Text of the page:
Media Blog

Rev. Wright: Farrakhan Is the Black ‘E. F. Hutton’

The toughest part of PBS’s Bill Moyers interview with Jeremiah Wright was the Louis Farrakhan section (at minute 50 of a 54-minute interview). Rev. Wright wasn’t going to fold on his friend Calypso Louie. Using an old 1970s commercial analogy, he suggested Farrakhan was the “E.F. Hutton” of the black community, that when he speaks, everyone drops everything to listen. Wright suggests he’s a misunderstood hero:

BILL MOYERS: But even some of your admirers say it would be wrong to gloss over what Martin Marty himself called — who loves you — called your “abrasive edges.” For example, you know, Louis Farrakhan lives in the south part of Chicago, doesn’t he? You’ve had a long complicated relationship with him, right?
REVEREND WRIGHT, almost inaudible: Yeah.
MOYERS: And he, you know, he’s expressed racist and anti-Semitic remarks. And, yet, last year-
WRIGHT, smiling: Twenty years ago.
MOYERS: Twenty years ago, but that’s indefensible.
WRIGHT: The Nation of Islam and Mr. Farrakhan have more African-American men off of drugs. More African-American men respecting themselves. More African-American men working for a living. Not gang banging. Not trying to get by. That’s not indefensible in terms of how you make a difference in the prisons? Turning people’s lives around. Giving people hope. Getting people off drugs. That we don’t believe the same things in terms of our specific faiths. He’s Muslim, I’m Christian. We don’t believe the same things he said years ago. But that has nothing to do with what he has done in terms of helping people change their lives for the better. I said direct quote was what? Louis Farrakhan is like E.F. Hutton. When Lewis Farrakhan speaks, black America listens. They may not agree with him, but they’re listening.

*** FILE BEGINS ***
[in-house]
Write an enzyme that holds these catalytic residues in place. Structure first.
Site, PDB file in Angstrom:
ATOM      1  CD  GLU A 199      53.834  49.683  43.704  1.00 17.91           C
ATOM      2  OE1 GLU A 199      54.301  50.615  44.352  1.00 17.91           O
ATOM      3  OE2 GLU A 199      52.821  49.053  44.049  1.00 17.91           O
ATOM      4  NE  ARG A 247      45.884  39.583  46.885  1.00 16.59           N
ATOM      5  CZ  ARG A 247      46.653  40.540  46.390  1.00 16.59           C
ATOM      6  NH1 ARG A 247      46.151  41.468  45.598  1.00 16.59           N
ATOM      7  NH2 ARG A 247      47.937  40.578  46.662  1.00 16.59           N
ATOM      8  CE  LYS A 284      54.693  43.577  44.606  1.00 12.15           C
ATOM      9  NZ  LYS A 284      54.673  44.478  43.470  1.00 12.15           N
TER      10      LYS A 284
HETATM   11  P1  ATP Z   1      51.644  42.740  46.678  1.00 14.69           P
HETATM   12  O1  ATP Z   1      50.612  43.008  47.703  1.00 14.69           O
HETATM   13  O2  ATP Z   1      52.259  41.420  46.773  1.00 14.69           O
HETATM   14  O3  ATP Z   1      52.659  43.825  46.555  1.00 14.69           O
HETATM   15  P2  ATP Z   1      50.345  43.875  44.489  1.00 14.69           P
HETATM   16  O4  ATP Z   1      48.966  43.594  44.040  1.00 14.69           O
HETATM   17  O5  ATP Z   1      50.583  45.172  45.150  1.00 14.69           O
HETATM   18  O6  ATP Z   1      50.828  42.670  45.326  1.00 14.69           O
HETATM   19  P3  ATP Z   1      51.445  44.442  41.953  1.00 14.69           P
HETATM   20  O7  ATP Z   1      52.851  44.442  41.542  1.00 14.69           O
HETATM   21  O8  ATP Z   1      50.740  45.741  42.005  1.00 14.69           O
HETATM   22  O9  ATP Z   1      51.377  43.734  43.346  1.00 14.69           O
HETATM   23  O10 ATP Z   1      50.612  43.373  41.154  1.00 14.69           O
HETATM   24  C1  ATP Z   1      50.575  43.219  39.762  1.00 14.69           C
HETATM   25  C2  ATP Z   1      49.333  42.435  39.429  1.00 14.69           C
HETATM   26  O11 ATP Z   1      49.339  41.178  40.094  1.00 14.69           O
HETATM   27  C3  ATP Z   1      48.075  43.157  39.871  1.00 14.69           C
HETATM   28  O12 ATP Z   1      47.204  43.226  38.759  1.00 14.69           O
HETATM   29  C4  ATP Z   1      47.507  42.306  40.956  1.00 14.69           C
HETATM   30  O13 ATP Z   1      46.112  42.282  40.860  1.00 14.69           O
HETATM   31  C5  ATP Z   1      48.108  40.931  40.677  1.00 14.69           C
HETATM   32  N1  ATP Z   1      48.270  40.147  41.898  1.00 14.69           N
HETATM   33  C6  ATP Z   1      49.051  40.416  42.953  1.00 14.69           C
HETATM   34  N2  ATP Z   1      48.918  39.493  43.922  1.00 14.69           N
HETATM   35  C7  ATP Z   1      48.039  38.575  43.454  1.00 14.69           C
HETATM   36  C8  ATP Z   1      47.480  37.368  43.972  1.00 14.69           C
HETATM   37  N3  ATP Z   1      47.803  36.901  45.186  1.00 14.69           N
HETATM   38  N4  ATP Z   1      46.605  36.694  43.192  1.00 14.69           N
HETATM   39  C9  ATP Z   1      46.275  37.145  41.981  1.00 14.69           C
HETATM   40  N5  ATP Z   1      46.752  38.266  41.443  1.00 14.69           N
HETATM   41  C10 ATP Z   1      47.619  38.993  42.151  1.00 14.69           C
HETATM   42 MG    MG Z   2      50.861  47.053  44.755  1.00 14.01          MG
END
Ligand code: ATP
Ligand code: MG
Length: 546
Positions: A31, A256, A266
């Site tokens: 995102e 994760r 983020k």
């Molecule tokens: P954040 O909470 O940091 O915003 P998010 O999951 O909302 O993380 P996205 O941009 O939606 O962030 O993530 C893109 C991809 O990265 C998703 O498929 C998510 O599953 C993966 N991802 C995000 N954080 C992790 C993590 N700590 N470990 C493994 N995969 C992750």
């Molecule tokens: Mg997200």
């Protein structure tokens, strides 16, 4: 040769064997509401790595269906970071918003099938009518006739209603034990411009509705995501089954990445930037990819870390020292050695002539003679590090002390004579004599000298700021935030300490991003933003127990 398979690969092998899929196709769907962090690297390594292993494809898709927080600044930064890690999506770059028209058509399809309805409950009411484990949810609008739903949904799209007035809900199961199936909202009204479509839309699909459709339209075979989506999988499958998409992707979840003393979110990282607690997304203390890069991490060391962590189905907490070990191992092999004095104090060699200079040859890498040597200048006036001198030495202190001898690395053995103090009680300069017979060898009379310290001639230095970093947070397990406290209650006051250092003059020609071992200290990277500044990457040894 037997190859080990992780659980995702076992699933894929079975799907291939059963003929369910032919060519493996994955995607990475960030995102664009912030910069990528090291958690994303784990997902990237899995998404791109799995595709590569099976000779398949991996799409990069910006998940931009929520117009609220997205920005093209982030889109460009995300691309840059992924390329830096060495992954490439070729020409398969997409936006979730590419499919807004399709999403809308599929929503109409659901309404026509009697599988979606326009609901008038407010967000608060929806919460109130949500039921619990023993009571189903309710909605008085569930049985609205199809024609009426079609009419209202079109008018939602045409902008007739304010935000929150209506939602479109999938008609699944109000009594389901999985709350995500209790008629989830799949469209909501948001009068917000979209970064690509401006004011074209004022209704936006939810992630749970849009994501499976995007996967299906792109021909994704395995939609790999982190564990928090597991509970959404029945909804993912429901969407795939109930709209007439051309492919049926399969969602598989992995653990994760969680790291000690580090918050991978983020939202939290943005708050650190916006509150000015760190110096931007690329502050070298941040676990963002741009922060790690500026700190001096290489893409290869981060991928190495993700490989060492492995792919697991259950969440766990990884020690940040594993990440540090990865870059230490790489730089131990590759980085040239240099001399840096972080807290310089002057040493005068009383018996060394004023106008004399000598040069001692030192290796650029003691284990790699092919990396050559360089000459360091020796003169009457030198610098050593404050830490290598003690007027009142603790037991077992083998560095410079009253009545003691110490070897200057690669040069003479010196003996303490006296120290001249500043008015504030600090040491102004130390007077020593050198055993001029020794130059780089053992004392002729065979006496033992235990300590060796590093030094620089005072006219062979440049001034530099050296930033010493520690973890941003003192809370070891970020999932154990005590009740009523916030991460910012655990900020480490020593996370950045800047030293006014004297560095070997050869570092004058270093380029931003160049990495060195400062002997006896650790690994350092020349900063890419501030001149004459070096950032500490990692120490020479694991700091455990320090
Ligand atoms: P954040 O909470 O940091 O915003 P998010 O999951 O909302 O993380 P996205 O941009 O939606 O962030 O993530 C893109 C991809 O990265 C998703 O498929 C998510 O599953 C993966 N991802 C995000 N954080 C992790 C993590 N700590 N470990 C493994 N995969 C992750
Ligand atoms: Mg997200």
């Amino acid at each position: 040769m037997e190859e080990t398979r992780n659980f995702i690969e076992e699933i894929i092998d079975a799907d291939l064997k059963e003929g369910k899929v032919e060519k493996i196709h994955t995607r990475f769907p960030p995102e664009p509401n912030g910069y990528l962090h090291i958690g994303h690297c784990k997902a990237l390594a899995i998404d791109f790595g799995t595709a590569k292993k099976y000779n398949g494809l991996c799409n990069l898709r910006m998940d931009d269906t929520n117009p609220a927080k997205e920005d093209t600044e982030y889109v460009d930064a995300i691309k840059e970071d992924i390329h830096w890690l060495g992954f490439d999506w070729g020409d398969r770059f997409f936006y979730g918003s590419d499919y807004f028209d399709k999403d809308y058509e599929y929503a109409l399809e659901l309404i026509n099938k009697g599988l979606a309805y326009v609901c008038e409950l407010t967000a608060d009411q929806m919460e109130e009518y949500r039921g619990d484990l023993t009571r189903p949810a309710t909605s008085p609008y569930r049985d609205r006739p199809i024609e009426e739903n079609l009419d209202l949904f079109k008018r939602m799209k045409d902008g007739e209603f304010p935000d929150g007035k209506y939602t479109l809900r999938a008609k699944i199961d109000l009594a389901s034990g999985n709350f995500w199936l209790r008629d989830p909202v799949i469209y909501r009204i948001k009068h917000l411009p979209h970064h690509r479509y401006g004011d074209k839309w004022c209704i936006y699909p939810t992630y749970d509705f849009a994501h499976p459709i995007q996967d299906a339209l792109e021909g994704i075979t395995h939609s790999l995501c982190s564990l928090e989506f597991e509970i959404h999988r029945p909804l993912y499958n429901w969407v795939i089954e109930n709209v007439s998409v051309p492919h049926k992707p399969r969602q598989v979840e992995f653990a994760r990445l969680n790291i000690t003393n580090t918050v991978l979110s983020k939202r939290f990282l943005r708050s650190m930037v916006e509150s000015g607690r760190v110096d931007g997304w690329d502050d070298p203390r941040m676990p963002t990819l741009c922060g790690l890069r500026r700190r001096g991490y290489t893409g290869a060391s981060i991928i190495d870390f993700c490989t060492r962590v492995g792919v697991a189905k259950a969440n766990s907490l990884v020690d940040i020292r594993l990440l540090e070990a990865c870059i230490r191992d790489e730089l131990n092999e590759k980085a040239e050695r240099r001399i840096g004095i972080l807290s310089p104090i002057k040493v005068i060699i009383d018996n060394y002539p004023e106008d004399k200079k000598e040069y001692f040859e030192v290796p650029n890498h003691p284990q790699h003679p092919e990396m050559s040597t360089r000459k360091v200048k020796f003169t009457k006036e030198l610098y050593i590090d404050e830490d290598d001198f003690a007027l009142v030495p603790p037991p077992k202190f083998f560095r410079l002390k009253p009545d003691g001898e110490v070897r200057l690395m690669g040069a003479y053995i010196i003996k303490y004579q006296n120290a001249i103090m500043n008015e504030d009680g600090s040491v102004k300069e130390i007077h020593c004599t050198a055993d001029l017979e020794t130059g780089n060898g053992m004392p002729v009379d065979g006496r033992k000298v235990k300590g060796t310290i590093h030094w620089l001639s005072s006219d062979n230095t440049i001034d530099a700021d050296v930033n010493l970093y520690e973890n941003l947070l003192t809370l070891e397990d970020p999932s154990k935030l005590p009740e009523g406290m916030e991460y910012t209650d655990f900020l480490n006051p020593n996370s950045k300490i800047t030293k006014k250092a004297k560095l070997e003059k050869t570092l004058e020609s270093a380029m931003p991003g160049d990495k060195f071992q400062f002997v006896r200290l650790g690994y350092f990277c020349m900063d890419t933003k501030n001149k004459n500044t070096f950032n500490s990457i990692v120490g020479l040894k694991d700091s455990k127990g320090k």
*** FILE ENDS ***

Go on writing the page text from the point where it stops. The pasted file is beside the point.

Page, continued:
For the young who may not remember, the stockbrokers of E. F. Hutton used a series of ads when someone would say “My broker is E. F. Hutton, and E. F. Hutton says … ” and the whole room would stop and bend an ear to hear. Those old ads came to my mind recently when I listened to Clarence Thomas speak.

Tim Graham — Tim Graham is Director of Media Analysis at the Media Research Center, where he began in 1989, and has served there with the exception of 2001 and 2002, when served ...

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